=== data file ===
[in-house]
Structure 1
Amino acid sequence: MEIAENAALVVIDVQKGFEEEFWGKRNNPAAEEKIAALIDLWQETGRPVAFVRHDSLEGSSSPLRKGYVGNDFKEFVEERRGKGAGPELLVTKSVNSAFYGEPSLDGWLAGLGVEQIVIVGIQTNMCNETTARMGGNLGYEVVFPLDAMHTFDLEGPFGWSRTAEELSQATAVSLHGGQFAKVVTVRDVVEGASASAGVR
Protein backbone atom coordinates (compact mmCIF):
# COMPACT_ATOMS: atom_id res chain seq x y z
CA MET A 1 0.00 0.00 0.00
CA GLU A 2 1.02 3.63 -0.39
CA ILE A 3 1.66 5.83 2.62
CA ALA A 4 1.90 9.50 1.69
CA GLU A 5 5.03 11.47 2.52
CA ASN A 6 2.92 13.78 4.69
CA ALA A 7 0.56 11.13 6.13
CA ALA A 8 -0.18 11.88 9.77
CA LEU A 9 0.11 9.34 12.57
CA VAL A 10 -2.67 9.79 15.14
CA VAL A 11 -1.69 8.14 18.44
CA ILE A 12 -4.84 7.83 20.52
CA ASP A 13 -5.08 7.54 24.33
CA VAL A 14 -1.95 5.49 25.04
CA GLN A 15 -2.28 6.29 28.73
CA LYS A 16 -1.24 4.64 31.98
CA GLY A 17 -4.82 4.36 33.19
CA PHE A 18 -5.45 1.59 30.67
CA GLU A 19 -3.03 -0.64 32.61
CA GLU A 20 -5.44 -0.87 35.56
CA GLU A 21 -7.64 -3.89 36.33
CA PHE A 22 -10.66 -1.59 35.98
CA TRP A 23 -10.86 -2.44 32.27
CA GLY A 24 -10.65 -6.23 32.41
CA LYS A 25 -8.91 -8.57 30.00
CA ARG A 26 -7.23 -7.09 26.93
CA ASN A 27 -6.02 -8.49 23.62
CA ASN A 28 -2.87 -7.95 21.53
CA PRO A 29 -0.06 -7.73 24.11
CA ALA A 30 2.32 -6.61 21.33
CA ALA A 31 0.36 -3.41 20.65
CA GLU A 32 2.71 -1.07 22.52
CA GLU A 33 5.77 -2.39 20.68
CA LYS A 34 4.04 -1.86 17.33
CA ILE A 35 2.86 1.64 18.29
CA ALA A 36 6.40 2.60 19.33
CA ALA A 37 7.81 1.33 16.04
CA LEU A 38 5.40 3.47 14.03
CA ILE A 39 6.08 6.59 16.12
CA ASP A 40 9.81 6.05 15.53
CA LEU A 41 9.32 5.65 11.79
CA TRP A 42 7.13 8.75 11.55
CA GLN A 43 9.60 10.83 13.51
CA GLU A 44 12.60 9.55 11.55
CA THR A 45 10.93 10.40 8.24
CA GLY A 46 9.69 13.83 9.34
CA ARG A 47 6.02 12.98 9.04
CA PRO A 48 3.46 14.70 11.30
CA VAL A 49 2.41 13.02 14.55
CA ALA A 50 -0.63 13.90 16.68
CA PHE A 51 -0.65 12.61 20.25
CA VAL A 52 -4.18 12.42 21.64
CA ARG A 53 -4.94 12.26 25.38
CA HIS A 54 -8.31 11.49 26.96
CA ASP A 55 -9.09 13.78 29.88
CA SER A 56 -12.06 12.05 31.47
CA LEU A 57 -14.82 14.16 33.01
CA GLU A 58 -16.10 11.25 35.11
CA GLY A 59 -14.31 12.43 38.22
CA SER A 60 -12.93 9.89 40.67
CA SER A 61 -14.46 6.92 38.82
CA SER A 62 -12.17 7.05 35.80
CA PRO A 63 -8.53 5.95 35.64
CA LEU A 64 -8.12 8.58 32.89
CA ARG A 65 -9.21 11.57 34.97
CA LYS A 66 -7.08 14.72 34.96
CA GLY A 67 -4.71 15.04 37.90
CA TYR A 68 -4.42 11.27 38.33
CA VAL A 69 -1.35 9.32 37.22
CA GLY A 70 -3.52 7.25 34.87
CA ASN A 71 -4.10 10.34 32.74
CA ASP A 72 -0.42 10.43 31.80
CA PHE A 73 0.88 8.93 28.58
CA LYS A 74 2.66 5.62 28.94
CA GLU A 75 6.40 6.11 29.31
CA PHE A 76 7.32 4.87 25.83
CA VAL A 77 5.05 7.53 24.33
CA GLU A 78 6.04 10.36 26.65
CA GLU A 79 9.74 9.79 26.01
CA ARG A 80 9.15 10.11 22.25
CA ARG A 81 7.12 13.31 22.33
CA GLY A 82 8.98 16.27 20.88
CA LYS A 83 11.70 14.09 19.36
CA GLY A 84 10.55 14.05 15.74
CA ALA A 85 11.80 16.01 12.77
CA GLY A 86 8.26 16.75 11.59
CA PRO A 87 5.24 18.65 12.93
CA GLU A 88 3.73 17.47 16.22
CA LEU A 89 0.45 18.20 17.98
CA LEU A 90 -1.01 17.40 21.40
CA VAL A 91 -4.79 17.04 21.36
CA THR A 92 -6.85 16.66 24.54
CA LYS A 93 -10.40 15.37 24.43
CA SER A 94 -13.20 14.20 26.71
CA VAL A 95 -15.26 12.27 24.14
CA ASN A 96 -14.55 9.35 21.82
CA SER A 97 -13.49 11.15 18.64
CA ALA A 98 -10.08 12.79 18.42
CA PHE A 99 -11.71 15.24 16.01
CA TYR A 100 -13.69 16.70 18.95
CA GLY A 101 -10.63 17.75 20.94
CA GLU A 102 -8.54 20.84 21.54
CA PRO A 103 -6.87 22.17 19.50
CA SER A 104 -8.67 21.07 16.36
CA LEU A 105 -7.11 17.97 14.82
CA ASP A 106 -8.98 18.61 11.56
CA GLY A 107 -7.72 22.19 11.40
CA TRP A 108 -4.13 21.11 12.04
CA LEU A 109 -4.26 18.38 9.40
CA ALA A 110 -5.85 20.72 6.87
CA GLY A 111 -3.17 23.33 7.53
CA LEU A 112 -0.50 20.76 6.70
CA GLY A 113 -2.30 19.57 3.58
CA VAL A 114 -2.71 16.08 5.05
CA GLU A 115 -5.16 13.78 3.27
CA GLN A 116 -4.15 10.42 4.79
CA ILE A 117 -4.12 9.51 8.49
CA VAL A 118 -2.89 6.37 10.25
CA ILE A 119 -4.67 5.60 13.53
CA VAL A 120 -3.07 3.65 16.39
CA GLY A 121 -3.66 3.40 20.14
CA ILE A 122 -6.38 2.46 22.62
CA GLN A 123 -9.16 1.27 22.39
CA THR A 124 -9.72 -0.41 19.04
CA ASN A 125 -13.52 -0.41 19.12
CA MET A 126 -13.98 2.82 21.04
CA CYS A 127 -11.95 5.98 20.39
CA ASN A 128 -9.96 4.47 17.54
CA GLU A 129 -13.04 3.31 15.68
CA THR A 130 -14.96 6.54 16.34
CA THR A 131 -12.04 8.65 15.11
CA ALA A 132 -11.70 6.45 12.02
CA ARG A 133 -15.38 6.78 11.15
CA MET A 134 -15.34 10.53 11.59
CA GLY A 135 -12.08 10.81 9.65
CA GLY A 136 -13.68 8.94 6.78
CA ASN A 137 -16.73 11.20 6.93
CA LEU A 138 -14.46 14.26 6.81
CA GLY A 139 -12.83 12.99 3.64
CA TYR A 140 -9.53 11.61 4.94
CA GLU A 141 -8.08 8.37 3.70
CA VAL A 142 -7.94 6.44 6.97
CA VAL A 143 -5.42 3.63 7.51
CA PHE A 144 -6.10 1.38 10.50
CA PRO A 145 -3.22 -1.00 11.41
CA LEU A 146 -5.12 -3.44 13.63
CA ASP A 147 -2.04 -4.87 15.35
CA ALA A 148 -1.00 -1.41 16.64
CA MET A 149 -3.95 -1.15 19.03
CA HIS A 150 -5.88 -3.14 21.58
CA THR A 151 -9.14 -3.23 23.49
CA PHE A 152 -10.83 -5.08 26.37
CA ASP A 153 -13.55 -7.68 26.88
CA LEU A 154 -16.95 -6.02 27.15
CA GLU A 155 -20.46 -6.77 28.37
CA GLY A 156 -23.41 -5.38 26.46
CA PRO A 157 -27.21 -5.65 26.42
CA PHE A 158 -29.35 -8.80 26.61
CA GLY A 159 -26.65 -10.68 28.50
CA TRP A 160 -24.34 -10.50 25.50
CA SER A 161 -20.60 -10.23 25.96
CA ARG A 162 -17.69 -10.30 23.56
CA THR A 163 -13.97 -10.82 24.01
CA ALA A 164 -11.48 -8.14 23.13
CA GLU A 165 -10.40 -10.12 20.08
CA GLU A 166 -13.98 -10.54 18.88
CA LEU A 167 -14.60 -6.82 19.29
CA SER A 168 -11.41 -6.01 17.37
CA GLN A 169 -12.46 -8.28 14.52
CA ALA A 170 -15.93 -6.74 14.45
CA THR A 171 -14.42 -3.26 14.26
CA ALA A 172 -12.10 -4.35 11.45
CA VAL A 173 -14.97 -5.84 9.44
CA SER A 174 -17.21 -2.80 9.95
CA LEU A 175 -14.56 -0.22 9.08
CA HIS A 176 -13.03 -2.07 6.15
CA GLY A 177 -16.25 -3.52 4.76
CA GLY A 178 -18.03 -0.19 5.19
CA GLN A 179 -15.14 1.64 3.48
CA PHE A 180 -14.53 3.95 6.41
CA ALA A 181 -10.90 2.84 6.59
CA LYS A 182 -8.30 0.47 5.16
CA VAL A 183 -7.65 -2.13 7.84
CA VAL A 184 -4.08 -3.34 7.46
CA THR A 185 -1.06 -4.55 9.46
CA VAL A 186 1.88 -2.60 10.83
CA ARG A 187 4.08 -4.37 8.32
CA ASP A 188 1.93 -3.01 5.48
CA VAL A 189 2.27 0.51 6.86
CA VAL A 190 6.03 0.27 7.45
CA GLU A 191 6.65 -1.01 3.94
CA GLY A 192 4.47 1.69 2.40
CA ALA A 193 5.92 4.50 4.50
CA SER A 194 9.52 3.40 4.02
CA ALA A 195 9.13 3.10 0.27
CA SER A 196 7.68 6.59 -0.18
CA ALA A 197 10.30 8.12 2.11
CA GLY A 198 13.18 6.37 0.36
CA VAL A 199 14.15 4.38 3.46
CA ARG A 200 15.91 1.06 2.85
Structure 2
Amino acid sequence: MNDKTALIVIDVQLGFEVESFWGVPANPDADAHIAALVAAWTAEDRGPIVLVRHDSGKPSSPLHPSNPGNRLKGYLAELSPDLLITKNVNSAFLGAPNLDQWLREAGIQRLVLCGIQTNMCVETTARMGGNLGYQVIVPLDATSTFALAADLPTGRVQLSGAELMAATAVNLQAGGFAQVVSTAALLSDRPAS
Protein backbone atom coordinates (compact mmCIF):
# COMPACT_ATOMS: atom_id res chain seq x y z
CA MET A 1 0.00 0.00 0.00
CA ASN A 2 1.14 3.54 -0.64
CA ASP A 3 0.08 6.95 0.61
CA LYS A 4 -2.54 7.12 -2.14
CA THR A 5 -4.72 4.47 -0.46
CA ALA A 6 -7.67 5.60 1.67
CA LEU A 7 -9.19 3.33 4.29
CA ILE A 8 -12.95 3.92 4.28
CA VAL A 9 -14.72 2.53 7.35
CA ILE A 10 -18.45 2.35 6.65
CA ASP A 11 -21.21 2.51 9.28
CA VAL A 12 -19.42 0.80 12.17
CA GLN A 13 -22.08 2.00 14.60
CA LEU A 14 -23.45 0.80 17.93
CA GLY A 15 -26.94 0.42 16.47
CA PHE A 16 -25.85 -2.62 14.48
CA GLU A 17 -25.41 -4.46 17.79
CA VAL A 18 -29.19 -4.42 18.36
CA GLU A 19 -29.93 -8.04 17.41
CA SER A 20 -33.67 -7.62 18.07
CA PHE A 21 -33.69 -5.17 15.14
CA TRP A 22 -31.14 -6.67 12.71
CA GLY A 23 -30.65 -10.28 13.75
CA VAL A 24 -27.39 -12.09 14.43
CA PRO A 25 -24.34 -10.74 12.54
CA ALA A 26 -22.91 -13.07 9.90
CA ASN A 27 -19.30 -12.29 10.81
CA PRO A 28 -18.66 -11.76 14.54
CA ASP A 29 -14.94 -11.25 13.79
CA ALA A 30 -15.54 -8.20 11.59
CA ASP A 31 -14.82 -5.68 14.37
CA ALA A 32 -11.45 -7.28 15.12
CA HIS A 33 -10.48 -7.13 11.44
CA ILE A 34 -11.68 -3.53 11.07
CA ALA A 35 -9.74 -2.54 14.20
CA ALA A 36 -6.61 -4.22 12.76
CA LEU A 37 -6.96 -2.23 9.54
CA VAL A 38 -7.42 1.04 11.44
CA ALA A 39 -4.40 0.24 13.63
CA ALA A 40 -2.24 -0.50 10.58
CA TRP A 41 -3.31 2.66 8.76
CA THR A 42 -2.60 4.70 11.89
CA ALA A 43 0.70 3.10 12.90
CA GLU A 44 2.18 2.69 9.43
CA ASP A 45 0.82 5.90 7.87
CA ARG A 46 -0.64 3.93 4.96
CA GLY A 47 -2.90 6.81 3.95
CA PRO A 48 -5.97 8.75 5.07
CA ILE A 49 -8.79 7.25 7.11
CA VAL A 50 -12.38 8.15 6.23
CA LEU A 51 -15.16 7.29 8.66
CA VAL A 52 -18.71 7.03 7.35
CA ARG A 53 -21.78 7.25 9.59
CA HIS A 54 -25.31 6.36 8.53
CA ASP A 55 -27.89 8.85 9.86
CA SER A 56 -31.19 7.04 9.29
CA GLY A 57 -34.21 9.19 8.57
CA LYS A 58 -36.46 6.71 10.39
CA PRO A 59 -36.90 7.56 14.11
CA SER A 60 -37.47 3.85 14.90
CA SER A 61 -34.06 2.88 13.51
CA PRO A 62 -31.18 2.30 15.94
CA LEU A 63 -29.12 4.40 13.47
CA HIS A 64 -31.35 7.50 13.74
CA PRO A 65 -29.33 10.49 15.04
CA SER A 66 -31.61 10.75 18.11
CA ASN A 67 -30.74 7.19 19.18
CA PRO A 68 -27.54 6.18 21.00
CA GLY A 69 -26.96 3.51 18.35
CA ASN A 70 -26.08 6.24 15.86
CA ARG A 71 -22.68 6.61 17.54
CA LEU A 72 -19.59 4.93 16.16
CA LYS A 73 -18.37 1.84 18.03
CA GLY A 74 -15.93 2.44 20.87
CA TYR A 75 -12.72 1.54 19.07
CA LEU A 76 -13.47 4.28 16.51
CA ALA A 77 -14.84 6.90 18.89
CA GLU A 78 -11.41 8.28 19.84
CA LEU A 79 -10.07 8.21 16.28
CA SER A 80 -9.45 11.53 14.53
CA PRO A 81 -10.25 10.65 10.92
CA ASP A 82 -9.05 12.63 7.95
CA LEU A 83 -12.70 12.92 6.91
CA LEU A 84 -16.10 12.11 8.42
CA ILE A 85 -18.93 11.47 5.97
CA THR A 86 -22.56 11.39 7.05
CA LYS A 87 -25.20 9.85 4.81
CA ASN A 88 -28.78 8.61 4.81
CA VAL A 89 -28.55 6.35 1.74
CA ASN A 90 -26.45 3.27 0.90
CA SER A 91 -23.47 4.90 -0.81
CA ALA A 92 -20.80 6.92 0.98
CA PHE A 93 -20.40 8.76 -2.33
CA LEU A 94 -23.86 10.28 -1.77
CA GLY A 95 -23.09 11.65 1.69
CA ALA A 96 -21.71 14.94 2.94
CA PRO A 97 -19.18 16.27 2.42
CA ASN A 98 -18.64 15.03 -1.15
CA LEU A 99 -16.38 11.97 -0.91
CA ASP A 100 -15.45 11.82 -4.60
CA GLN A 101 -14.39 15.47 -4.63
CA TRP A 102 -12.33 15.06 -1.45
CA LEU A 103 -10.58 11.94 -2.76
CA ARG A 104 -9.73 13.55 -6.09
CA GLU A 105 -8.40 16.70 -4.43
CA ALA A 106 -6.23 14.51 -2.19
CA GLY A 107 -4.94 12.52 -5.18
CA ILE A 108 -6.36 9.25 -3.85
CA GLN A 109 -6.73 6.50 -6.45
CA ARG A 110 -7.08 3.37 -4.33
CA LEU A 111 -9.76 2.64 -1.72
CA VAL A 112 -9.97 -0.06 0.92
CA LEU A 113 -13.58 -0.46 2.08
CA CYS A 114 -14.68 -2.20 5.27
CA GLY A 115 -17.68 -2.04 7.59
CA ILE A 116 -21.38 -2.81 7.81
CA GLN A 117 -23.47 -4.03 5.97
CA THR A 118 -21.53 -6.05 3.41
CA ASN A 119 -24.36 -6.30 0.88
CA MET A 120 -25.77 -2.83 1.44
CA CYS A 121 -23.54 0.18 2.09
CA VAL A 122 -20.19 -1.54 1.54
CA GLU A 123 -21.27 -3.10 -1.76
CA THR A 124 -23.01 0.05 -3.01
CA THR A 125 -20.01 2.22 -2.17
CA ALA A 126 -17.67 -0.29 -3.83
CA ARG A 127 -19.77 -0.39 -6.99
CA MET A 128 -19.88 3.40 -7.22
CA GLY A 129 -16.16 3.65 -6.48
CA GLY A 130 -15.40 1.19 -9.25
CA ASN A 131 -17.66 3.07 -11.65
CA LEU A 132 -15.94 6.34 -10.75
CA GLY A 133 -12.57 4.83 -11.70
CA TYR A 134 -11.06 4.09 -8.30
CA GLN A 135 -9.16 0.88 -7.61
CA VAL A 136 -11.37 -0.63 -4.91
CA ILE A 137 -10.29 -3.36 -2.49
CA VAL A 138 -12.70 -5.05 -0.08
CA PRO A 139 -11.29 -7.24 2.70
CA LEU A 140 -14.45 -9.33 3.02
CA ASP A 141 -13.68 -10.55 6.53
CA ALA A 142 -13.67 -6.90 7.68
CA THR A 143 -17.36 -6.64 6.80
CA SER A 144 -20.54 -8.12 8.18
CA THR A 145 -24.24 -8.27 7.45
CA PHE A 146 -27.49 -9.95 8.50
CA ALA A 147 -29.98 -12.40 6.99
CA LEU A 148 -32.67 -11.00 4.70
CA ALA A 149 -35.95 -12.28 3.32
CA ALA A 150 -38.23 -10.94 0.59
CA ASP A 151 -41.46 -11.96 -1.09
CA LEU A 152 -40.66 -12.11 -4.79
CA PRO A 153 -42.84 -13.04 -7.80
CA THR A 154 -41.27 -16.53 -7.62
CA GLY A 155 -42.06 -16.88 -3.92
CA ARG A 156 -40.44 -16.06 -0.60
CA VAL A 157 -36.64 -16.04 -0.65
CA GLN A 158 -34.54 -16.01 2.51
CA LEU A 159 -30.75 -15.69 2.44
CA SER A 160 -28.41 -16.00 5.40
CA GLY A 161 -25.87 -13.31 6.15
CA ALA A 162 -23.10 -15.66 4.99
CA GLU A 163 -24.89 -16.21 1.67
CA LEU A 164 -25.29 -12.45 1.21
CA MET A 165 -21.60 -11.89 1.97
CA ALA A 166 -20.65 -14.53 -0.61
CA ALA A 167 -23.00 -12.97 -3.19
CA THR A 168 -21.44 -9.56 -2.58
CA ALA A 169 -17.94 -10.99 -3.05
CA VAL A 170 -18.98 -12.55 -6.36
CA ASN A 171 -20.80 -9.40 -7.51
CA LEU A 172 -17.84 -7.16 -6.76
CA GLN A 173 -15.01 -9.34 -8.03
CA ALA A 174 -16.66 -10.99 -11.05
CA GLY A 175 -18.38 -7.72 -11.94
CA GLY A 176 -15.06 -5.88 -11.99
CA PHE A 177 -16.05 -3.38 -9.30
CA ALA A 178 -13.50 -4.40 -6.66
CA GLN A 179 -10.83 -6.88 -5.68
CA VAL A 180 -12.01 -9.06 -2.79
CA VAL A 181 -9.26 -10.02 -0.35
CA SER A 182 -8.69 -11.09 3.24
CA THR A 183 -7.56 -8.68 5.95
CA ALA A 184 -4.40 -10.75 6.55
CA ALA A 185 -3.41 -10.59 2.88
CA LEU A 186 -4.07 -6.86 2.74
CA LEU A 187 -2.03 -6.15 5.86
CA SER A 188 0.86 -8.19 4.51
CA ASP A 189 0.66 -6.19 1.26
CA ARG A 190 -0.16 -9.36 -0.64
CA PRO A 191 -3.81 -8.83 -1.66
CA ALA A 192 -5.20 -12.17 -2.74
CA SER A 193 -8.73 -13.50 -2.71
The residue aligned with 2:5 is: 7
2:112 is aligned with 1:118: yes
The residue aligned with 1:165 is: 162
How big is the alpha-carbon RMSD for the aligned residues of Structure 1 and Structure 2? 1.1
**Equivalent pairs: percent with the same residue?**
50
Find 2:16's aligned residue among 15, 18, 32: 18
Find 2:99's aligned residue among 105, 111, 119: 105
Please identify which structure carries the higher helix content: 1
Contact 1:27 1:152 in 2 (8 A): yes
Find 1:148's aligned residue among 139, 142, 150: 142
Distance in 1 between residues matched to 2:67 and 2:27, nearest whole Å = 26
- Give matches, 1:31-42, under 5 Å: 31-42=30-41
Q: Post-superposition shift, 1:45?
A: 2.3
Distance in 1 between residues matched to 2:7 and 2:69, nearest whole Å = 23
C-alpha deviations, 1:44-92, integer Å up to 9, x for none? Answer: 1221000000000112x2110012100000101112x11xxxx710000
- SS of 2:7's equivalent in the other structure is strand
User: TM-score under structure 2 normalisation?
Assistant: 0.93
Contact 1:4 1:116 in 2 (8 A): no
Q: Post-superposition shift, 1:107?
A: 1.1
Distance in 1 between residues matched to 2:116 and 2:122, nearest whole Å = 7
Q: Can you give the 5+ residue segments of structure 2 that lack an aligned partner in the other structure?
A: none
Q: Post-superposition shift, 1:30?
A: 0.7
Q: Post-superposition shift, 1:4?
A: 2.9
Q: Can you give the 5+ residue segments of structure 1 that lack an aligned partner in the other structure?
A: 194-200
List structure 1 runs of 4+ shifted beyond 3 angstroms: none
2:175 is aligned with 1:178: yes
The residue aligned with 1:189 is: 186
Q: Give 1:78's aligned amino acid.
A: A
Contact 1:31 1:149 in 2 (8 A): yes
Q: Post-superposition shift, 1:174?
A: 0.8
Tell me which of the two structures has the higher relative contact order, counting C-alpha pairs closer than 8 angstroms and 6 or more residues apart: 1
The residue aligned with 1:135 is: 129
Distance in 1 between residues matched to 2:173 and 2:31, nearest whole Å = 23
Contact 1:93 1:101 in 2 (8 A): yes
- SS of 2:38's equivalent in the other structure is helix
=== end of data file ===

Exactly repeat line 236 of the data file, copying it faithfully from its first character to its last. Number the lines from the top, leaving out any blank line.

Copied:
CA ASN A 27 -19.30 -12.29 10.81